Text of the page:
Innovation in the payments industry is occurring at an impressive pace. We have seen the rise of mobile banking in a relatively short period of time, and advanced features such as remote check depositing are now expected rather than mere luxuries.
The average bank payments business provides 25 percent to 30 percent of revenues, and mobile banking presents an incredible opportunity to increase market share while lowering marginal costs. Banks, however, currently face many financial pressures, including tighter profit margins, escalating costs and increased operating demands. Key factors contributing to these conditions are unease about the regulatory environment and the ability to maintain compliance without too severely impacting the bottom line.
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And given the quickly evolving nature of payments, financial institutions also are confronted with information silos and the lack of streamlining between departments. Siloed payments systems often lead to infrastructure duplication, outdated technology platforms, and a surplus of back-office staff to monitor and execute payment processing. Therefore, payments systems have the potential to limit strategic growth if not appropriately addressed.
There are in effect two primary payments models that are utilized by banks. The first is a fragmented retail or wholesale unit with little organizational continuity. The second is an enterprise division that drives the firm's payments agenda and resources, leading to more interaction and collaboration. But a fully integrated payments business, such as the one employed by U.S. Bank, presents an even better option for financial institutions going forward. This type of wide-ranging payments structure controls corporate, retail card, corporate payments and merchant acquiring services.
Customers' Payments Needs
Banks today are responding to a different set of consumer needs and behaviors than ever before. Individuals want access to a comprehensive selection of convenient and reliable payment methods. Banks, well aware of this, are pursuing cost-saving actions and encouraging the use of new technology through drivers such as paper-to-electronic conversion, fee waiver reductions and even disincentives. Wells Fargo, for instance, currently charges a $1 transaction fee for customers who choose to print out ATM statements. Furthermore, issuers are dropping debit card loyalty programs and rewards to mitigate their costs. In response, households may choose to consolidate their accounts, seek new providers or even leave traditional banks altogether.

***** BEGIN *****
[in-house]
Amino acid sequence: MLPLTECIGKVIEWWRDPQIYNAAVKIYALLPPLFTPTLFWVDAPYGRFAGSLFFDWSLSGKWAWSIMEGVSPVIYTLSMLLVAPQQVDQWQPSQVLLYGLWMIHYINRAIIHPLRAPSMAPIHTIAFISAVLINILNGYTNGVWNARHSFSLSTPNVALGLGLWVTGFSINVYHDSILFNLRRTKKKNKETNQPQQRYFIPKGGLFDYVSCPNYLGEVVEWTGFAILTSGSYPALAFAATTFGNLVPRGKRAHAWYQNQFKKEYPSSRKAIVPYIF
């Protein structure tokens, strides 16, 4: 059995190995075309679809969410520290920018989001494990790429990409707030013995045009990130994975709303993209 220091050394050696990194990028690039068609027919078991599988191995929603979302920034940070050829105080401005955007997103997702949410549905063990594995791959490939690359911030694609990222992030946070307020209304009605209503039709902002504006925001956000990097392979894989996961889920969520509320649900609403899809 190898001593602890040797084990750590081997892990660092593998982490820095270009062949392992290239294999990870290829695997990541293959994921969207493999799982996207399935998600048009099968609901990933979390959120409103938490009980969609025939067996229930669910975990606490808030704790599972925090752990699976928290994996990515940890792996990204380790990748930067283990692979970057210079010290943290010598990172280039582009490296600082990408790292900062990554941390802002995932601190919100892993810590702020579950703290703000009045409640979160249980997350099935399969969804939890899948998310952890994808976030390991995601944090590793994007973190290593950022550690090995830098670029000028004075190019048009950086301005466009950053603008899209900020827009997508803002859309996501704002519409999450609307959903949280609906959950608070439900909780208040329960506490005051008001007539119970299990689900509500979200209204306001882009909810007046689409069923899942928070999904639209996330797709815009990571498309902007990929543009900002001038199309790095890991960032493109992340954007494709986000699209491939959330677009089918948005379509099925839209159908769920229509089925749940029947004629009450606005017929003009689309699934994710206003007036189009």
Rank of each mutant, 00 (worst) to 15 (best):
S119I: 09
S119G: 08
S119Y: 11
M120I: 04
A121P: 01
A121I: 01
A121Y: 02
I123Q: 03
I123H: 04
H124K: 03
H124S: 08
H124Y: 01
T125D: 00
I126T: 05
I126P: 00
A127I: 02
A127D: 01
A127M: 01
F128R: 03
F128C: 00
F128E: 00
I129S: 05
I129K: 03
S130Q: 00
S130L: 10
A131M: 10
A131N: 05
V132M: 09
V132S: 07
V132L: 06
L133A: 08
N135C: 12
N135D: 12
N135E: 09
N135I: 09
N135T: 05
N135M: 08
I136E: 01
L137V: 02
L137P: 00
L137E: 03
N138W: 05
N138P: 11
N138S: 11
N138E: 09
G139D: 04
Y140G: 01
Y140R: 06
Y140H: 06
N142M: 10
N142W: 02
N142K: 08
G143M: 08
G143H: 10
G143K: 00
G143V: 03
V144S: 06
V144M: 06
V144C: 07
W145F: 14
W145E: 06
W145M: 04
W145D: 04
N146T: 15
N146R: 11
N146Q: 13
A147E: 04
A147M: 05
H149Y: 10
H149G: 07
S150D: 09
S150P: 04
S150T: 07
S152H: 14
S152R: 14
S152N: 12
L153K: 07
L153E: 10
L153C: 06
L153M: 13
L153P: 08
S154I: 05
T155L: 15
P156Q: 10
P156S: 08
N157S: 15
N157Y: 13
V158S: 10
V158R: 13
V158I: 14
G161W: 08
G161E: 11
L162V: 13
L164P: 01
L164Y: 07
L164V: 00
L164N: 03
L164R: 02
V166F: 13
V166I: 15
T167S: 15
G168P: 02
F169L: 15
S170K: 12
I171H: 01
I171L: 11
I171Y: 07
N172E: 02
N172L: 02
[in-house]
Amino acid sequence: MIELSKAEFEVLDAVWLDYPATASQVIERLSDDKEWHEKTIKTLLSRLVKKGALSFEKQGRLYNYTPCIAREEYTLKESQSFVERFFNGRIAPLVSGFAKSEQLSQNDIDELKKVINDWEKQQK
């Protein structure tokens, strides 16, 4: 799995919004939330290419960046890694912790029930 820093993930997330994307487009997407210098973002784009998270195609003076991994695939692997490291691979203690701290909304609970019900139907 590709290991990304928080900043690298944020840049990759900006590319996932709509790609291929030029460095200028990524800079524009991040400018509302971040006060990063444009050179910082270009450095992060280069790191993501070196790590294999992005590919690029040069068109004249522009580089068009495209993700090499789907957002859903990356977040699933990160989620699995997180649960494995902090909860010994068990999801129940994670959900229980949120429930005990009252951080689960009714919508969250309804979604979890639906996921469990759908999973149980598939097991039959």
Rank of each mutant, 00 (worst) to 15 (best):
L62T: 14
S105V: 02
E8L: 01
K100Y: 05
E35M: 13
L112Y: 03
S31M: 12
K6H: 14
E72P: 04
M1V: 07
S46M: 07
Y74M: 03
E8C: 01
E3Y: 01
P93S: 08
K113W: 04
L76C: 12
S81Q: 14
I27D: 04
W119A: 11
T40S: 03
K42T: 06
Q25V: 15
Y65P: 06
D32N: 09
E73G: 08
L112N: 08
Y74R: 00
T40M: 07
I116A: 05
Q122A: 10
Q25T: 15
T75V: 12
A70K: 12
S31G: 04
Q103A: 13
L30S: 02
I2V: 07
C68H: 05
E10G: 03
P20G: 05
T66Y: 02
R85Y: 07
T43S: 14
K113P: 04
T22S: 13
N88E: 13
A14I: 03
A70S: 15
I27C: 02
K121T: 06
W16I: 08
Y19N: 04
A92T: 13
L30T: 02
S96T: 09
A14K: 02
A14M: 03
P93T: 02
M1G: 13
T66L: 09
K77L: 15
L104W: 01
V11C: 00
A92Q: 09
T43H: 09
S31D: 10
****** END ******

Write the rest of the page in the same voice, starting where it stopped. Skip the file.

The other side of the equation consists of commercial clients. They are looking for a "control platform" to manage their payments needs all in one place, and banks are beginning to put forward cross-business offerings. Citi, for example, recently implemented a global enterprise payments division to coordinate all of its payment-related activities. Conflicts involving enterprise payments mostly occur at the intersection between commercial and consumer payment functions, so it is incumbent upon each bank to bridge the structural payments divide between wholesale and retail banking.
Another aspect of the payments industry that should not be overlooked is security, particularly with the continued growth in both international e-payment transaction volume and online and mobile banking. Consequently, establishing an adaptable IT structure that supports advanced security measures can be thought of as an investment instead of just a compliance-related expense.
A fully integrated payments approach has the potential to inspire new product development and improve service levels. Payment hubs and ACH-electronic transfer payments can also lead to economies of scale. And in order to counteract fees passed onto customers, banks have recognized the need to improve their payment offerings to better compete with one another. As a result, treating payments as a single business unit is the best course of action to leverage the strategic payments opportunities in the near future.
Peter Ognibene is a managing director in the financial technology group at Berkery Noyes, a New York-based independent investment bank specializing in M&As in the information and technology industries.